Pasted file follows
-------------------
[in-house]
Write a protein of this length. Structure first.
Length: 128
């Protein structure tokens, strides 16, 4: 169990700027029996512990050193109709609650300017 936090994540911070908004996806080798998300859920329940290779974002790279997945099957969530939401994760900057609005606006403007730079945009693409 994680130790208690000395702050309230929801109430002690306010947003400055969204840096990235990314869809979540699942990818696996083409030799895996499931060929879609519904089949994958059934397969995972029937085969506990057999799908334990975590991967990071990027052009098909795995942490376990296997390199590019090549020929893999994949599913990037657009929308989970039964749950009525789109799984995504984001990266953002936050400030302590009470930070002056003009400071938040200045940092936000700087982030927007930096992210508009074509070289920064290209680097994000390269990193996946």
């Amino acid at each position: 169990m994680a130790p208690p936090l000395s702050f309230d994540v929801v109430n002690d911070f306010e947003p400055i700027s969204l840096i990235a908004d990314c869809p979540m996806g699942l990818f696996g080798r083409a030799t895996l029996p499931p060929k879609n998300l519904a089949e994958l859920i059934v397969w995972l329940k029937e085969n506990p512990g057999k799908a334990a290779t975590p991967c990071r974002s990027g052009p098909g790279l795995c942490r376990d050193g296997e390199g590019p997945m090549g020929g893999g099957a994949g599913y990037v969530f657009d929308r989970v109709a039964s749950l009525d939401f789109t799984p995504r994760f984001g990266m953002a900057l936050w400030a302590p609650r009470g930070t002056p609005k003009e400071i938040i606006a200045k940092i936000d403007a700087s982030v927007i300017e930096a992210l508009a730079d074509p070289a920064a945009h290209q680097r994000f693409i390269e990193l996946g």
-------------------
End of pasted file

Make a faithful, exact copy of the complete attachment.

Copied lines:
[in-house]
Write a protein of this length. Structure first.
Length: 128
């Protein structure tokens, strides 16, 4: 169990700027029996512990050193109709609650300017 936090994540911070908004996806080798998300859920329940290779974002790279997945099957969530939401994760900057609005606006403007730079945009693409 994680130790208690000395702050309230929801109430002690306010947003400055969204840096990235990314869809979540699942990818696996083409030799895996499931060929879609519904089949994958059934397969995972029937085969506990057999799908334990975590991967990071990027052009098909795995942490376990296997390199590019090549020929893999994949599913990037657009929308989970039964749950009525789109799984995504984001990266953002936050400030302590009470930070002056003009400071938040200045940092936000700087982030927007930096992210508009074509070289920064290209680097994000390269990193996946």
């Amino acid at each position: 169990m994680a130790p208690p936090l000395s702050f309230d994540v929801v109430n002690d911070f306010e947003p400055i700027s969204l840096i990235a908004d990314c869809p979540m996806g699942l990818f696996g080798r083409a030799t895996l029996p499931p060929k879609n998300l519904a089949e994958l859920i059934v397969w995972l329940k029937e085969n506990p512990g057999k799908a334990a290779t975590p991967c990071r974002s990027g052009p098909g790279l795995c942490r376990d050193g296997e390199g590019p997945m090549g020929g893999g099957a994949g599913y990037v969530f657009d929308r989970v109709a039964s749950l009525d939401f789109t799984p995504r994760f984001g990266m953002a900057l936050w400030a302590p609650r009470g930070t002056p609005k003009e400071i938040i606006a200045k940092i936000d403007a700087s982030v927007i300017e930096a992210l508009a730079d074509p070289a920064a945009h290209q680097r994000f693409i390269e990193l996946g």